Is it acceptable to market apparel in a way that sexualizes and objectifies young girls?
“If it feels wrong it probably is.” From business to family, I’ve more or less followed that as a universal truth since a discussion during a philosophy class at Penn State. Sure, I’ve not always managed to do the right thing. I’m a human being, we make mistakes, but knowing right from wrong typically hasn’t taken much intellect. Take a look at the picture above and tell me that doesn’t just feel wrong. I’ll get to more further down, but my personal reaction to the ad was revulsion. I am disgusted not only by the ad, but the men and women that put those young girls into that position.
Don’t get me wrong. I’m not coming at this from some deep seated self-righteous position full of indignation. I want to make that clear. I’m as concerned for our sons as I am for our daughters. The girls pictured above are as young as 12. I’m also the dad that generally allows his daughter to dress the way she sees fit. At least to me, there is a marked difference between allowing a young girl to express herself in her appearance and tossing it out there attached to a tag line like “Pop This.” I can’t be the only one to have taken the link between the tag line and virginity can I? For reference, the models above are 16, 14, and 12 years old.
I think it’s important to separate what I’m saying here. I can’t crawl into the minds of the advertising execs that approved this particular strategy, but I think it’s safe to say they knew what they were doing. In this age of “any attention is good attention” advertising, negative backlash can be just as helpful as a well received and popular ad. It makes me both sad and angry knowing that ethics have been tossed aside and replaced by an anything goes mindset. Globally we have an attitude pervading our culture that young girls and women are objects to be possessed and used. Ads like this only serve to fill the paedophilic part of that message.
Check out the California Kisses website. They’ve taken these young ladies, photoshopped them and posed them much as you’d see in a Victoria’s Secret catalog. It’s almost as if, instead of marketing their product to the young ladies and their parents, they’ve tailored their website to closet pedophiles, men skirting child pornography laws by drooling over scantily clad under age girls. I went to the website and took look around hoping to see a different perspective. Sadly, it is much more of the same. More young ladies dressed provocatively.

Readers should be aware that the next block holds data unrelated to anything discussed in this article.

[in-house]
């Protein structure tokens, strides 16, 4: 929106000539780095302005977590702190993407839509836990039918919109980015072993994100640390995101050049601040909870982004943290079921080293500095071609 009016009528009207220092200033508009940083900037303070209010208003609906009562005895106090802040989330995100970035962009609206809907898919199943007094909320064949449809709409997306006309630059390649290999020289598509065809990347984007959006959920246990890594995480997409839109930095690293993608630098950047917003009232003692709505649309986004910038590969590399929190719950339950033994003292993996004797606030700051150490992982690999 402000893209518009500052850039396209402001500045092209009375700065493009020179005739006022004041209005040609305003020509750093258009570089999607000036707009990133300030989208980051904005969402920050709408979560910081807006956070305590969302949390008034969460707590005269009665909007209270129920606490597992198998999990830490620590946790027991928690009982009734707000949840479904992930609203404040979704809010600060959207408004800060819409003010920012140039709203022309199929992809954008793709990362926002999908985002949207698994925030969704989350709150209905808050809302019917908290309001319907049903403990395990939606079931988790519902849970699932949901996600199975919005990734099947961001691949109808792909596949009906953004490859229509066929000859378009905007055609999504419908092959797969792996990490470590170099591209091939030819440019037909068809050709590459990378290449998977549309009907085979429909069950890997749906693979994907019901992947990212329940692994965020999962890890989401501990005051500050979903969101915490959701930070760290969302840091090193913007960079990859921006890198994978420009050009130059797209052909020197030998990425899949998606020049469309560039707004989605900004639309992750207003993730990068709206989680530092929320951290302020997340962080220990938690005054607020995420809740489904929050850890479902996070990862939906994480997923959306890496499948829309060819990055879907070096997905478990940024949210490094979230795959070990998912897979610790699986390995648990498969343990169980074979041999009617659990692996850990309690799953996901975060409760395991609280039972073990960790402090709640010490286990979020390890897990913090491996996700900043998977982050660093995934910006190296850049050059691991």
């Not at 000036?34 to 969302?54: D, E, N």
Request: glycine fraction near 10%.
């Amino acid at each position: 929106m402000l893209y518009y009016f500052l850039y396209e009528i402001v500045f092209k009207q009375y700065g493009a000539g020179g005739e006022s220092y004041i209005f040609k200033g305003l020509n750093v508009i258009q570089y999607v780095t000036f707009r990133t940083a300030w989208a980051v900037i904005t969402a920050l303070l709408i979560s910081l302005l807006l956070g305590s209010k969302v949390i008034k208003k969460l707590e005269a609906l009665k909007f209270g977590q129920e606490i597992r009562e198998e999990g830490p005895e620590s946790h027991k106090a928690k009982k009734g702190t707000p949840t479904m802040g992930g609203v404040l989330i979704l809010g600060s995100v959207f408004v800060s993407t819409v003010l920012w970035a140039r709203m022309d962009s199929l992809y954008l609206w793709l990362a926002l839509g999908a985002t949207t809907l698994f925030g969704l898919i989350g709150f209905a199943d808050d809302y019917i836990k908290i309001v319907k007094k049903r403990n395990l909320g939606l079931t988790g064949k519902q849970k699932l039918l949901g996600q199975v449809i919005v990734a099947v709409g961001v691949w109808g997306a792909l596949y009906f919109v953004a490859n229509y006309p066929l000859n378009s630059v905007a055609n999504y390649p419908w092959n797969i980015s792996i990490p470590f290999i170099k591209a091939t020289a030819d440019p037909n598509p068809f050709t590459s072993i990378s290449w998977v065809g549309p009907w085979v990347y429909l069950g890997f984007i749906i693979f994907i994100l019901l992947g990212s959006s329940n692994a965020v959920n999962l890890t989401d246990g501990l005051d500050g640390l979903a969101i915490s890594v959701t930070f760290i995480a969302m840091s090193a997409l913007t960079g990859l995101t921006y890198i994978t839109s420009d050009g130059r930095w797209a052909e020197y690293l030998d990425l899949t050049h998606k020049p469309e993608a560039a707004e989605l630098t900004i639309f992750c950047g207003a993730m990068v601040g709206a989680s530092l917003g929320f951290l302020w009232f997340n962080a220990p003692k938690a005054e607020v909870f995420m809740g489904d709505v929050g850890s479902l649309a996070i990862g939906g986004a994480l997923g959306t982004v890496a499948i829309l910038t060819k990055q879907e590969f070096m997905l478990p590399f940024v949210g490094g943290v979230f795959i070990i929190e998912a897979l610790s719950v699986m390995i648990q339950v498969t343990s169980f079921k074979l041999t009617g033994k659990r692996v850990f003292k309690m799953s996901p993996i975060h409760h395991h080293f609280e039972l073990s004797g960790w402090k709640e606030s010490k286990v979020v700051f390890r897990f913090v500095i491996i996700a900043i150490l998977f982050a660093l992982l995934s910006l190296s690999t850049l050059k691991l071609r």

Let’s go there though. Look around. Peruse the images. We spend so much time condemning other companies for promoting unrealistic body images, why should they get a pass? How many 12-year-old girls do you know who look like that? What message are we sending them? Just as “real women” are rarely included in ad campaigns, maybe we should be doing a better job with young girls as well.
How young is too young? Should we make it the age of consent? As we objectify women at younger and younger ages, where do we draw a line? Who gets to judge them. Should a 10 year old girl feel like she needs to pose provocatively in order to get a modeling contract? I just don’t know. I want to balance the protection we owe them with the freedom they deserve. The line has gotten blurry and I no longer know exactly where it exists, just that this ad feels as though it blew past it without a second look.
I know I’m raising more questions than I’m answering. Here in the U.S., supporters will point to freedom of speech. Legally, the company is protected, for sure. Let’s go back to what I said in the very beginning. If it feels wrong, it probably is. The truth is I’ve been stewing over this ad for about a week. I keep going back to it, expecting some kind of epiphany, a way I can write intelligently about the ills it promotes. I can’t. I’ve got nothing. I keep coming back to a feeling linking this and a gateway to the porn industry.
I ask again: Is it acceptable to market apparel in a way that sexualizes and objectifies young girls? The best I can do is end on this quote, left by a good friend on my Facebook page. “I’d appreciate it if you stopped posting it (The website and images). Makes me feel dirty to see it.”
For another take on the ad, take a look here.